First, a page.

Meanwhile, the New York Times reports record numbers of Chinese, Indian, and Middle Eastern students coming to U. S. for a college education. And many of them are coming for something the Oligarchs and the corporatists would extinguish, if they could, as an inefficient waste of money--a liberal arts education.
As an indicator of where the priorities are today and who is setting them, last week a panel was assembled by the philanthrocapitalist's Chronicle of Higher Ed, to address the central question: Who should receive a college education? Of all the geniuses assembled to address this question, not one liberal arts spokesman was included. Counselors, economists, racists (Charles Murray), administrators, but not one historian, artist, or psychologist. Hey, forget philosophers.
Perhaps, then, if we can get enough foreign enrollment in our colleges, the liberal arts may survive for at least another generation. Perhaps by then all the right wing think tanks will out of business as a result of their success, and then, perhaps, we can get on with where education left off before the bean counter paradigm came to full flower.
. . . .The number of international students exceeded the past peak enrollment year, 2002-3, by 14.5 percent. In 2008-9, undergraduate enrollment rose 11 percent, compared with only a 2 percent increase in graduate enrollment.
In China, that shift has been quite sharp. Last year, China sent 26,275 undergraduates and 57,451 graduate students to the United States — compared with 8,034 undergraduates and 50,976 graduate students five years earlier.
Ms. Blumenthal said the growing share of undergraduates would change the face of the Chinese students’ presence in the United States.
“It used to be that they were all in the graduate science departments, but now, with the one-child policy, more and more Chinese parents are taking their considerable wealth and investing it in that one child getting an American college education,” she said. “There’s a book getting huge play in China right now explaining liberal arts education.”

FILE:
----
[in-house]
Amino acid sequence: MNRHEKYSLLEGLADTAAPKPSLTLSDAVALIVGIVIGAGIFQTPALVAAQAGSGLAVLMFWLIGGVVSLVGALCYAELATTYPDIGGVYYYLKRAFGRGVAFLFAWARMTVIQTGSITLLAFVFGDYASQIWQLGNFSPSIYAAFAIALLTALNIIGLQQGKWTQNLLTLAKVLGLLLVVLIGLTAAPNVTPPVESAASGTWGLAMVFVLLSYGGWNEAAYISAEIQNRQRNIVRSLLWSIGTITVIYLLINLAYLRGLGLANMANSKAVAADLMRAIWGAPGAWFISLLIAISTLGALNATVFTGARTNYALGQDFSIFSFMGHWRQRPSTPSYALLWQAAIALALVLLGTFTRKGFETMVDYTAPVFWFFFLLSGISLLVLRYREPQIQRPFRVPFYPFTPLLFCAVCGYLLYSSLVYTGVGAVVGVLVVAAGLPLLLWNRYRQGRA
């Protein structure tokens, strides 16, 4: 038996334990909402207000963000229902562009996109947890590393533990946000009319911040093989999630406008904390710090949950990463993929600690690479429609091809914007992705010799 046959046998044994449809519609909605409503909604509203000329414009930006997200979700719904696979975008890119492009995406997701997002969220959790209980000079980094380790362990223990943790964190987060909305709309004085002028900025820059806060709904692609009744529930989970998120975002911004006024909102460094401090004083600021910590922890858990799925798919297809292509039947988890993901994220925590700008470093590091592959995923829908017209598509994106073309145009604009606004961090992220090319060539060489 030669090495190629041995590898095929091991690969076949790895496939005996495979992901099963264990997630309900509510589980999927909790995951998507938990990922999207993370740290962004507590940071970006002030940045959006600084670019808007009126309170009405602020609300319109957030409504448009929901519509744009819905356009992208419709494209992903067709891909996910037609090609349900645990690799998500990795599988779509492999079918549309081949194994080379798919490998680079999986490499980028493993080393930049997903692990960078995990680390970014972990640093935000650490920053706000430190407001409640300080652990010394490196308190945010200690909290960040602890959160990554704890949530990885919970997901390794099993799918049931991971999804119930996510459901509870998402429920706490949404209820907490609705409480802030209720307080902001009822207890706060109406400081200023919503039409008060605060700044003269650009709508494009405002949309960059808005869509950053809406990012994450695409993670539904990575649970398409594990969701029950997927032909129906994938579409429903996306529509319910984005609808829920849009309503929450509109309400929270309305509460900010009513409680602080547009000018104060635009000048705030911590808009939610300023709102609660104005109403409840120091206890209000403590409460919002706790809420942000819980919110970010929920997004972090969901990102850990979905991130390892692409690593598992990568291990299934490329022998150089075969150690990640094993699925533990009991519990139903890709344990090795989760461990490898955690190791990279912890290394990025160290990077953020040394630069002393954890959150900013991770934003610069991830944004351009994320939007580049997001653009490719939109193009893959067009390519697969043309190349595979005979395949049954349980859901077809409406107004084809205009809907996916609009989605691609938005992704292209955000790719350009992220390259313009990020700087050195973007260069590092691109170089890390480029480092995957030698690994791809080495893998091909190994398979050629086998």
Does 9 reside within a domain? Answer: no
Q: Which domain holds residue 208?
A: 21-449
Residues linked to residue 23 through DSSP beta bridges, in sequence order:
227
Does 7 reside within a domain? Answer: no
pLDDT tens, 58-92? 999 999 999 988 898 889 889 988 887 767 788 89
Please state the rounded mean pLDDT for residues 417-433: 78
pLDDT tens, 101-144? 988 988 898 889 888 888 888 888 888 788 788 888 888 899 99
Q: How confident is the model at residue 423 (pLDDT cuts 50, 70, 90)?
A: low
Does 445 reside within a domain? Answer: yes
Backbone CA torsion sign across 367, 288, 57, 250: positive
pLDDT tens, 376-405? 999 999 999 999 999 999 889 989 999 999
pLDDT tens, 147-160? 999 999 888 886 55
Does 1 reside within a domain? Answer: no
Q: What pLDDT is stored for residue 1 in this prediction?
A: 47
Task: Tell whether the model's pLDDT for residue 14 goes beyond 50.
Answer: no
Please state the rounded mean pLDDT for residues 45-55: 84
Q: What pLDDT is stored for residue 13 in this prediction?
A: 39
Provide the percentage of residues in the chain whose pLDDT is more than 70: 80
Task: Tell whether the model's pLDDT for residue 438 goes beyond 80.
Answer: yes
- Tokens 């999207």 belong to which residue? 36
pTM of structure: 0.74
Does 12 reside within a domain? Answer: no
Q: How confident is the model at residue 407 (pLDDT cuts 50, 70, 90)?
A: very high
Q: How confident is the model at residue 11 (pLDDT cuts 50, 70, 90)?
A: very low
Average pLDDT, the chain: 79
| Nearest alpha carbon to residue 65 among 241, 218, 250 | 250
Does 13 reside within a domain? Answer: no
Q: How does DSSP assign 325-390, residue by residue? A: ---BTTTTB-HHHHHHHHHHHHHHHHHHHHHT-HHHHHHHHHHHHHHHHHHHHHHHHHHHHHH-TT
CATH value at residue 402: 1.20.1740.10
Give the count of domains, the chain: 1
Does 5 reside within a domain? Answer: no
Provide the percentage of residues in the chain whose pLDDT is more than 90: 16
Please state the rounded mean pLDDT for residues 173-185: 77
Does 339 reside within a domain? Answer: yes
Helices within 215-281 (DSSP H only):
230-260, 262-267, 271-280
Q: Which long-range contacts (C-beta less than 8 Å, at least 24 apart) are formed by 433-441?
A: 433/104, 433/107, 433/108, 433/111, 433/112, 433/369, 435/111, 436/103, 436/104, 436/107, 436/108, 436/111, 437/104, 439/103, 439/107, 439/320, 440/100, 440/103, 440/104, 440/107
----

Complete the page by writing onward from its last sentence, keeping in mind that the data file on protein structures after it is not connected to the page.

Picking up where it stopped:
The book, “A True Liberal Arts Education,” by three Chinese undergraduates from Bowdoin College, Franklin & Marshall College and Bucknell University, describes the education available at small liberal arts colleges, and the concept of liberal arts, both relatively unknown in China.
Meanwhile, many large public universities are devoting new resources to building up their share of international undergraduates. The State University of New York, for example, recently made Mitch Leventhal the vice chancellor for global affairs. Mr. Leventhal, who at the University of Cincinnati helped build a network of ties abroad, expects to increase undergraduate recruiting, especially in India and China.
“There’s growing disposable income in China, and not enough good universities to meet the demand,” he said. “And in China, especially, studying in the United States is a great differentiator, because when students get home, they speak English.”
Although the report tracks only the 2008-9 numbers, a smaller survey by the institute last month found that over all, the increase in international students seems to be continuing, with China remaining strong. Of the institutions surveyed this fall, 60 percent reported an increase in Chinese students, and only 11 percent a decline. In contrast, the number of institutions reporting increases in their enrollment of Indian students equaled the number reporting declines.
The survey also found continuing growth this year in the number of students from the Middle East, and continuing declines in the numbers from Japan.